Traditional risk management has extended to encompass the risks arising from climate change. What about the potential effect on production and business operations, regulatory and litigation risks and reputation risks?
Across the world, companies are addressing climate change utilizing a cross between traditional risk management and corporate sustainability efforts.
Climate change worries corporate decision makers, investors and insurers. How will the continually changing climate affect your company? Will there be a disruption to your business? Will you be impacted financially?
Investors are paying more attention to these issues more than ever. In a Ceres report, CEO of the California Public Employees’ Retirement System, Anne Stausboll wrote:
In light of our long-term liabilities, we need to understand the critical risks and opportunities faced by the companies in our portfolio.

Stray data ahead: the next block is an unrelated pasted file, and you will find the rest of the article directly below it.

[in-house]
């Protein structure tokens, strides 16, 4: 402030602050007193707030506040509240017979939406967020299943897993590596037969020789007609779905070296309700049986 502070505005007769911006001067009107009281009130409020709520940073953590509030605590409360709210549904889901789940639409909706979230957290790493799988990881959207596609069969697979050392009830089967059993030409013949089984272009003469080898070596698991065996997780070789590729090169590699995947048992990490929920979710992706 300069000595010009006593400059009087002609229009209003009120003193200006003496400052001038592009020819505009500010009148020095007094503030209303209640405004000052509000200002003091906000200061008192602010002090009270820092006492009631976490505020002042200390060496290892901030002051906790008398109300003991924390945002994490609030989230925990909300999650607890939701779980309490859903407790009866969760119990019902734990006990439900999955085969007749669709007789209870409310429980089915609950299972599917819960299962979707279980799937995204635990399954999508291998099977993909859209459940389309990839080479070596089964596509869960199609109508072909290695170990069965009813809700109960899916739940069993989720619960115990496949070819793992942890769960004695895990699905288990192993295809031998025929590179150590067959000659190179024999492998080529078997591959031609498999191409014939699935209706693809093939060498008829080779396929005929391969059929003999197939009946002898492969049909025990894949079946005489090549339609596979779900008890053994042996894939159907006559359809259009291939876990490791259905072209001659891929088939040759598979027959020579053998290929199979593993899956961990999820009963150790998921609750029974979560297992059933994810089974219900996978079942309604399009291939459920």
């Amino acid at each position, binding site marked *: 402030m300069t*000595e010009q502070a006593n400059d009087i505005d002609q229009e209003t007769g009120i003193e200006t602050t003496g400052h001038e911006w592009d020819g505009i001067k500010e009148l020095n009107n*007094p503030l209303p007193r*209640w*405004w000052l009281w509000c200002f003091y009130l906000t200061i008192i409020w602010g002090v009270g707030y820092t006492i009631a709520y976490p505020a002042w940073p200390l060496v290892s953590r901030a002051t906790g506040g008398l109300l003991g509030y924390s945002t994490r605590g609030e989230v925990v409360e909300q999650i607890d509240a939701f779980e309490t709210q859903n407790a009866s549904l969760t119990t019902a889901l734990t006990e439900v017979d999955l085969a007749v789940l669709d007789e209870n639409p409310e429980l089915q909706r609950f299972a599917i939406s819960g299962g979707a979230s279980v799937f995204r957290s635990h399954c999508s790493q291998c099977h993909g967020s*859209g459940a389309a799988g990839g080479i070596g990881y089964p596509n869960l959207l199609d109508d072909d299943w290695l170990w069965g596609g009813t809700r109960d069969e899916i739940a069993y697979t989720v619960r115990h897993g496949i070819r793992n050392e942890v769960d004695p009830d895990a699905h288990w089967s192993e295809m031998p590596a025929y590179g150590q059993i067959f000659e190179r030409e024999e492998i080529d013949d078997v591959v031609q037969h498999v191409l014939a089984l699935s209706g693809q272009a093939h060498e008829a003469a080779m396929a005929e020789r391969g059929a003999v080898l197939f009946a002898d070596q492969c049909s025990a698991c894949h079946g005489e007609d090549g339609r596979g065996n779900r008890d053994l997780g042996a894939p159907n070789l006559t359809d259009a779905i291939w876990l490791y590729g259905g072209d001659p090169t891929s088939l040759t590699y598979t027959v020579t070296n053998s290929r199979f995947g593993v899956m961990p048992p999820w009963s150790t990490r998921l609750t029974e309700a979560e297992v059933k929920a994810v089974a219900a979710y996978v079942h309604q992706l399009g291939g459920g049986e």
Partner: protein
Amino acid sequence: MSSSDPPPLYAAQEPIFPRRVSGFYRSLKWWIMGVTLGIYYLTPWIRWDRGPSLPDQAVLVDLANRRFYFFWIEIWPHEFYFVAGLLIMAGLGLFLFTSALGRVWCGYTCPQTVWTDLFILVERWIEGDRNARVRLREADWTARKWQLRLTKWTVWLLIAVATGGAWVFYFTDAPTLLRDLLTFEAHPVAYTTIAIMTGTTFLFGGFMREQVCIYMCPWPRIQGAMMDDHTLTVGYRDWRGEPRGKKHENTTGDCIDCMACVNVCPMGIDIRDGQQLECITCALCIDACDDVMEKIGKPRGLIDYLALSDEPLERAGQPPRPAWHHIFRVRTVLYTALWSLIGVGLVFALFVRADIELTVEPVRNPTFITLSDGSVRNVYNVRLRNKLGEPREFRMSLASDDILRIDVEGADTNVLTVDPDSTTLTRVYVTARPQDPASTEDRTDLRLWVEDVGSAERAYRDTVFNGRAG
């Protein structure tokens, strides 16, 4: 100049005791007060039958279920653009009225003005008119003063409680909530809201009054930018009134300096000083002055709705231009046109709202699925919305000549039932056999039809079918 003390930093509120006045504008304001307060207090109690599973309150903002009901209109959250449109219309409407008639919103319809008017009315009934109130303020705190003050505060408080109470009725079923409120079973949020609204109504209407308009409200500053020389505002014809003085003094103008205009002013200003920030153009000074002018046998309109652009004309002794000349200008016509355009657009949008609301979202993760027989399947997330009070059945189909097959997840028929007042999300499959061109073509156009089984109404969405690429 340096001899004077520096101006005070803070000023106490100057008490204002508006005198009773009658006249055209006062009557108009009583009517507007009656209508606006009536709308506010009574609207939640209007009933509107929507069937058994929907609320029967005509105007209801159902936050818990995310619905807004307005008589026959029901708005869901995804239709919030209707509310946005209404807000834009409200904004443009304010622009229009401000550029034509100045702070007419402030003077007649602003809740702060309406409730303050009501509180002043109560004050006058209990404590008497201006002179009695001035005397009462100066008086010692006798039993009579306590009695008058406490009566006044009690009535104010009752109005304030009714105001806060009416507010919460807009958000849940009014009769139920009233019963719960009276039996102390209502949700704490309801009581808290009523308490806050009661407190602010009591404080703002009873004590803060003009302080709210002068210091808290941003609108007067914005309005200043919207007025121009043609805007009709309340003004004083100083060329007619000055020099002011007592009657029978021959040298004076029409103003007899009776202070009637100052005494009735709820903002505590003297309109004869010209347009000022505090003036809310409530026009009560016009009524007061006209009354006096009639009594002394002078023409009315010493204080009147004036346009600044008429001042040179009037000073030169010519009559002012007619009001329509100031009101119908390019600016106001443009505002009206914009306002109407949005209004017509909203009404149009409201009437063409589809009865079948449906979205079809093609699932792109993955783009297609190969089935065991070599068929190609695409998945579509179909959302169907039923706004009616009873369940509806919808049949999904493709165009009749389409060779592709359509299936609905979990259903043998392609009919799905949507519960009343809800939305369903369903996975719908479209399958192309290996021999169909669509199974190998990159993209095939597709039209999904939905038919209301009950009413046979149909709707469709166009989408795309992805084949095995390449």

Today, that includes the serious risks — financial, physical, and reputational — associated with issues such as climate change, natural resource scarcity, supply chain pressures and other global sustainability challenges. Any company that ignores these risks, and fails to develop a long-term strategy to address them, is diminishing its competitiveness in the 21st century. At the same time, there are enormous opportunities for businesses that fully embrace sustainability.
Ceres has outlined 20 key expectations that investors have in today’s business world that include the areas of governance, stakeholder engagement, disclosure and performance.These are meant to be utilized at guidelines.
Once your company has taken to its investors, a report by Marsh recommends that companies assess their exposure tat the board level as well, “so that directors can be aware of where climate change-related risks will appear on the list of the company’s biggest risks.”
There is still a long way to go in developing processes for managing climate risk. What approaches are your companies taking?